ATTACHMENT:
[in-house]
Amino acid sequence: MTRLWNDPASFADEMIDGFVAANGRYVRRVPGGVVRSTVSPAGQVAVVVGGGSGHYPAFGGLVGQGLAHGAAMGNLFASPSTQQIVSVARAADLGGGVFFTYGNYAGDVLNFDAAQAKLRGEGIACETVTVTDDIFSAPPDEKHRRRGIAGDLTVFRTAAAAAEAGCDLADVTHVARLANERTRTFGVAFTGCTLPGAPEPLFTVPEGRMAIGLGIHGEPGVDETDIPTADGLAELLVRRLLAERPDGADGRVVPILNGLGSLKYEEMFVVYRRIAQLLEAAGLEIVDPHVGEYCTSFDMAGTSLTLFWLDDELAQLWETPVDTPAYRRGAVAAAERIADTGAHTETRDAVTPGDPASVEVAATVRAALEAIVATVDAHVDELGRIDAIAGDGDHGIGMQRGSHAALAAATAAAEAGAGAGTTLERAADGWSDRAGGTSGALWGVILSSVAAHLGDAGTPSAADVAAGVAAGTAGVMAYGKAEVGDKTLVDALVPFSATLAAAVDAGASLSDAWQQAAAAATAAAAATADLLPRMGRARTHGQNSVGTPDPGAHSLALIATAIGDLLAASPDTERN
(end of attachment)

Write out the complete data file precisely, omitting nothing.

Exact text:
[in-house]
Amino acid sequence: MTRLWNDPASFADEMIDGFVAANGRYVRRVPGGVVRSTVSPAGQVAVVVGGGSGHYPAFGGLVGQGLAHGAAMGNLFASPSTQQIVSVARAADLGGGVFFTYGNYAGDVLNFDAAQAKLRGEGIACETVTVTDDIFSAPPDEKHRRRGIAGDLTVFRTAAAAAEAGCDLADVTHVARLANERTRTFGVAFTGCTLPGAPEPLFTVPEGRMAIGLGIHGEPGVDETDIPTADGLAELLVRRLLAERPDGADGRVVPILNGLGSLKYEEMFVVYRRIAQLLEAAGLEIVDPHVGEYCTSFDMAGTSLTLFWLDDELAQLWETPVDTPAYRRGAVAAAERIADTGAHTETRDAVTPGDPASVEVAATVRAALEAIVATVDAHVDELGRIDAIAGDGDHGIGMQRGSHAALAAATAAAEAGAGAGTTLERAADGWSDRAGGTSGALWGVILSSVAAHLGDAGTPSAADVAAGVAAGTAGVMAYGKAEVGDKTLVDALVPFSATLAAAVDAGASLSDAWQQAAAAATAAAAATADLLPRMGRARTHGQNSVGTPDPGAHSLALIATAIGDLLAASPDTERN